Reports from the Knowledge Labs about our recent findings, research topics, and interviews with lifestyle leaders who are creating their own futures.


























 
How to stimulate your own powers of foresight. Consider the following thought provokers. Ask yourself, in these categories what are the brand new trends and forces? Which are the ones growing in importance? Which current forces are loosing their steam? Which have peaked or are reversing themselves? Which are the "wildcards" about to disrupt us in the future? POLITICAL AND TECHNICAL thought for food: Electronics, Materials, Energy, Fossil, Nuclear, Alternative, Other, Manufacturing (techniques), Agriculture, Machinery and Equipment, Distribution, Transportation (Urban, Mass, Personal, Surface, Sea, Subsurface, Space), Communication (Printed, Spoken, Interactive, Media), Computers (Information, Knowledge, Storage & Retrieval, Design, Network Resources), Post-Cold War, Third World, Conflict (Local, Regional, Global), Arms Limitation, Undeclared Wars, Terrorism, Nuclear Proliferation, Weapons of Mass Destruction, Governments (More/Less Power and Larger or Smaller Scale), Taxes, Isms: Nationalism, Regionalism, Protectionism, Populism, Cartels, Multinational Corporations, Balance of Trade, Third Party Payments, Regulations (OSHA, etc.) Environmental Impact, U.S. Prestige Abroad. SOCIAL AND ECONOMIC Food for thought: Labor Movements, Unemployment / Employment Cycles, Recession, Employment Patterns, Work Hours / Schedules, Fringe Benefits, Management Approaches, Accounting Policies, Productivity, Energy Costs, Balance of Payments, Inflation, Taxes, Rates of Real Growth, Distribution of Wealth, Capital Availability and Costs, Reliability of Forecasts, Raw Materials, Availability and Costs, Global versus National Economy, Market versus Planned Economies, Generations: Y, X, Boomers, Elderly, Urban vs. Rural Lifestyles, Affluent vs. Poor, Neighborhoods and Communities, Planned or Organic Growth. Got Knowledge?


























 
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The Journal of 2020 Foresight
 
Sunday, July 16, 2006  

Follow Your Dreams, But Plan for Climate, Lifestyle and Growth Changes

Chapter Four: The Tribal Territories

By Steve Howard, CKO
The Knowledge Labs

Table of Contents
Chapter One: Basecamp
Chapter Two: The Ridge
Chapter Three: The Outpost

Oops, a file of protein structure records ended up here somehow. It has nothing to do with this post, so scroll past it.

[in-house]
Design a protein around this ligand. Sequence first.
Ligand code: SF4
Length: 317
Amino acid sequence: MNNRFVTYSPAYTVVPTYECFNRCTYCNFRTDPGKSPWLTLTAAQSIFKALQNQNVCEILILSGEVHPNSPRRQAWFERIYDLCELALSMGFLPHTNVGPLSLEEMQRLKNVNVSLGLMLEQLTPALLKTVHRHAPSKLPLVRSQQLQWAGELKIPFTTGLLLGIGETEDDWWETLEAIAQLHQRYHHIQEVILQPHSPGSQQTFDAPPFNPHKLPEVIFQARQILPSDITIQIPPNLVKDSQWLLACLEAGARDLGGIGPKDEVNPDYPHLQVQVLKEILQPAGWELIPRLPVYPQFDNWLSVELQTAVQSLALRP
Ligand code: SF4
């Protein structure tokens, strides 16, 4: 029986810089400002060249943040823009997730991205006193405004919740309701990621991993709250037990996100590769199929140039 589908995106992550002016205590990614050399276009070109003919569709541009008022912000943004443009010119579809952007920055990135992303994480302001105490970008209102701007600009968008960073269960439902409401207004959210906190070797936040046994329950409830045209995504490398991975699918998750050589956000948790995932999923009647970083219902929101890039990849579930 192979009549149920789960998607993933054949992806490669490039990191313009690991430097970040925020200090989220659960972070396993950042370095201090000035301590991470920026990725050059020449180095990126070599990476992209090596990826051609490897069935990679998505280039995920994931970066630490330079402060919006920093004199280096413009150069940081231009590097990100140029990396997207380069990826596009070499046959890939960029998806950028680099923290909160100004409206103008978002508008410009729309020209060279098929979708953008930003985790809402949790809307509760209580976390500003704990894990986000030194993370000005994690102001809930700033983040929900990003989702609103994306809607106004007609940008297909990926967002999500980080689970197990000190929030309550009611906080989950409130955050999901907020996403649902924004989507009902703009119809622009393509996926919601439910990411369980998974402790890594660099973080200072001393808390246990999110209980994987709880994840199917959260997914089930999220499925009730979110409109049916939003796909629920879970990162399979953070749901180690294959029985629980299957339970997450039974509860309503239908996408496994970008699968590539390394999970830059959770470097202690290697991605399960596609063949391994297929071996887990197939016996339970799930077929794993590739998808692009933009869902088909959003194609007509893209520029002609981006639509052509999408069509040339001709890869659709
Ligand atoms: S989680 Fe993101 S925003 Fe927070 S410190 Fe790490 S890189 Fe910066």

Chapter Four: The Tribal Territories

“This is a story of how one stupid move can change your whole life. This song happens on the highway, on the way out of Greendale. As a matter of fact, it happens right at the ‘Leaving Greendale’ sign, where the map of Greendale ends. There is no more Greendale after that. The highway ends, everything ends at that point. The map… there is nothing else, just the map, cars driving down the road get to the ‘Leaving Greendale’ sign and then they’re off the map.“

Neil Young & Crazy Horse “Greendale”

DOUBLE NICKEL RANCH. Follow your dreams. While there are hundreds of trends to track, you don’t have to track all of them. You just need to account for those that might impact your plans and decisions and then monitor them know when to activate B, C or D contingency plans.

Journal of 2020 Foresight: You monitor the implications of both macro and micro trends. Can you give us an example of how the two types come together to alter our plans?

Trailblazer: Sure, the easiest example is how an economic recession negatively impacts your employer’s business performance. And, because of advanced technologies, your job is eliminated and outsourced. That scenario leads to your layoff.

J2020F: What about something not so obvious, like, say climate change.

Trailblazer: Eugene Linden adds his two cents to the discussion that Al Gore is having with his movie, “An Inconvenient Truth.” Linden connects the dots among climate warming, extreme storms, hurricanes and floods, mosquitoes-transmitted diseases, allergies, beetle-induced wildfires, western drought conditions and water shortages – and those are the direct links.